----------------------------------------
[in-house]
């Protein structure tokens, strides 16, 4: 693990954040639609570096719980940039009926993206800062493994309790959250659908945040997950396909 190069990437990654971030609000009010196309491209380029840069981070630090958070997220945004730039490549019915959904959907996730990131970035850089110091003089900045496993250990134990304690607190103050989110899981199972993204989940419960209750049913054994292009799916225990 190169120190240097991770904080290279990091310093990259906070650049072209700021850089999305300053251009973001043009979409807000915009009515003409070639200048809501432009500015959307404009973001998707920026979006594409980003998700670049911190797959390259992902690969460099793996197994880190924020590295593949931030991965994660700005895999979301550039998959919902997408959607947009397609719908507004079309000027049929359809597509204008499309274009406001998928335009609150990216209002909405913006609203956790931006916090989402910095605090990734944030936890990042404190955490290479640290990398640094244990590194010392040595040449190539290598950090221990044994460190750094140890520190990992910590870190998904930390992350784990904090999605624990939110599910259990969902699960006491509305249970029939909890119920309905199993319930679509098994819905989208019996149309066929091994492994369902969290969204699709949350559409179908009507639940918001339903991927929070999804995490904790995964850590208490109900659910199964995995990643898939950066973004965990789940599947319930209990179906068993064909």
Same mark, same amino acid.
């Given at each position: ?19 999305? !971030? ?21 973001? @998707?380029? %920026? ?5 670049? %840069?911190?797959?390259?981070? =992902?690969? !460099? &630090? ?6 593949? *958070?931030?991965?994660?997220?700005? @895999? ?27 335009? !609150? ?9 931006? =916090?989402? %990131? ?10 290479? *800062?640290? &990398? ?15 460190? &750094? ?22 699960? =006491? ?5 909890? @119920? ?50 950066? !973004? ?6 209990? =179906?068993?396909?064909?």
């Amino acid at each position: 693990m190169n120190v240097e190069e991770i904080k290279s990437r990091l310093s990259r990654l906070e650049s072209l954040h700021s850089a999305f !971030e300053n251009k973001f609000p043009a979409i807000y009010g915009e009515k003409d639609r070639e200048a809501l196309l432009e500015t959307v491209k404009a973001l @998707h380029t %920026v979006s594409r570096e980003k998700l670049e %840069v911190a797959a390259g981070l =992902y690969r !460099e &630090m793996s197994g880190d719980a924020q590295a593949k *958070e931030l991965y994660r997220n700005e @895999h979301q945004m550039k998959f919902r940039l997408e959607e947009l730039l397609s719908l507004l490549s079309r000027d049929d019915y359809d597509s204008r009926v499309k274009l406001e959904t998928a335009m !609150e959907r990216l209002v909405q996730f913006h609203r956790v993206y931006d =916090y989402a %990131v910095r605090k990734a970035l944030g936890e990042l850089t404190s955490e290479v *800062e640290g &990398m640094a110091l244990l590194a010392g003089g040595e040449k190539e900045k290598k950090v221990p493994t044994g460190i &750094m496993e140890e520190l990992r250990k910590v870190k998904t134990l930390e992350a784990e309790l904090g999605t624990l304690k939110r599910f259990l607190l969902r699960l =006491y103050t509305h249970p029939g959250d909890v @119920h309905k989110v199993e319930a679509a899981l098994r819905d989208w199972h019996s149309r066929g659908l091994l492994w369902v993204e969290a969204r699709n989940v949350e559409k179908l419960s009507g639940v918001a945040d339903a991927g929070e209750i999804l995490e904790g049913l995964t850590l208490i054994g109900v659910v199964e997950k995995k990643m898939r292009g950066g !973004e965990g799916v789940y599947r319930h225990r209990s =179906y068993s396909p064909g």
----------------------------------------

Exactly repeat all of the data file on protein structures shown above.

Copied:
[in-house]
């Protein structure tokens, strides 16, 4: 693990954040639609570096719980940039009926993206800062493994309790959250659908945040997950396909 190069990437990654971030609000009010196309491209380029840069981070630090958070997220945004730039490549019915959904959907996730990131970035850089110091003089900045496993250990134990304690607190103050989110899981199972993204989940419960209750049913054994292009799916225990 190169120190240097991770904080290279990091310093990259906070650049072209700021850089999305300053251009973001043009979409807000915009009515003409070639200048809501432009500015959307404009973001998707920026979006594409980003998700670049911190797959390259992902690969460099793996197994880190924020590295593949931030991965994660700005895999979301550039998959919902997408959607947009397609719908507004079309000027049929359809597509204008499309274009406001998928335009609150990216209002909405913006609203956790931006916090989402910095605090990734944030936890990042404190955490290479640290990398640094244990590194010392040595040449190539290598950090221990044994460190750094140890520190990992910590870190998904930390992350784990904090999605624990939110599910259990969902699960006491509305249970029939909890119920309905199993319930679509098994819905989208019996149309066929091994492994369902969290969204699709949350559409179908009507639940918001339903991927929070999804995490904790995964850590208490109900659910199964995995990643898939950066973004965990789940599947319930209990179906068993064909």
Same mark, same amino acid.
């Given at each position: ?19 999305? !971030? ?21 973001? @998707?380029? %920026? ?5 670049? %840069?911190?797959?390259?981070? =992902?690969? !460099? &630090? ?6 593949? *958070?931030?991965?994660?997220?700005? @895999? ?27 335009? !609150? ?9 931006? =916090?989402? %990131? ?10 290479? *800062?640290? &990398? ?15 460190? &750094? ?22 699960? =006491? ?5 909890? @119920? ?50 950066? !973004? ?6 209990? =179906?068993?396909?064909?």
């Amino acid at each position: 693990m190169n120190v240097e190069e991770i904080k290279s990437r990091l310093s990259r990654l906070e650049s072209l954040h700021s850089a999305f !971030e300053n251009k973001f609000p043009a979409i807000y009010g915009e009515k003409d639609r070639e200048a809501l196309l432009e500015t959307v491209k404009a973001l @998707h380029t %920026v979006s594409r570096e980003k998700l670049e %840069v911190a797959a390259g981070l =992902y690969r !460099e &630090m793996s197994g880190d719980a924020q590295a593949k *958070e931030l991965y994660r997220n700005e @895999h979301q945004m550039k998959f919902r940039l997408e959607e947009l730039l397609s719908l507004l490549s079309r000027d049929d019915y359809d597509s204008r009926v499309k274009l406001e959904t998928a335009m !609150e959907r990216l209002v909405q996730f913006h609203r956790v993206y931006d =916090y989402a %990131v910095r605090k990734a970035l944030g936890e990042l850089t404190s955490e290479v *800062e640290g &990398m640094a110091l244990l590194a010392g003089g040595e040449k190539e900045k290598k950090v221990p493994t044994g460190i &750094m496993e140890e520190l990992r250990k910590v870190k998904t134990l930390e992350a784990e309790l904090g999605t624990l304690k939110r599910f259990l607190l969902r699960l =006491y103050t509305h249970p029939g959250d909890v @119920h309905k989110v199993e319930a679509a899981l098994r819905d989208w199972h019996s149309r066929g659908l091994l492994w369902v993204e969290a969204r699709n989940v949350e559409k179908l419960s009507g639940v918001a945040d339903a991927g929070e209750i999804l995490e904790g049913l995964t850590l208490i054994g109900v659910v199964e997950k995995k990643m898939r292009g950066g !973004e965990g799916v789940y599947r319930h225990r209990s =179906y068993s396909p064909g």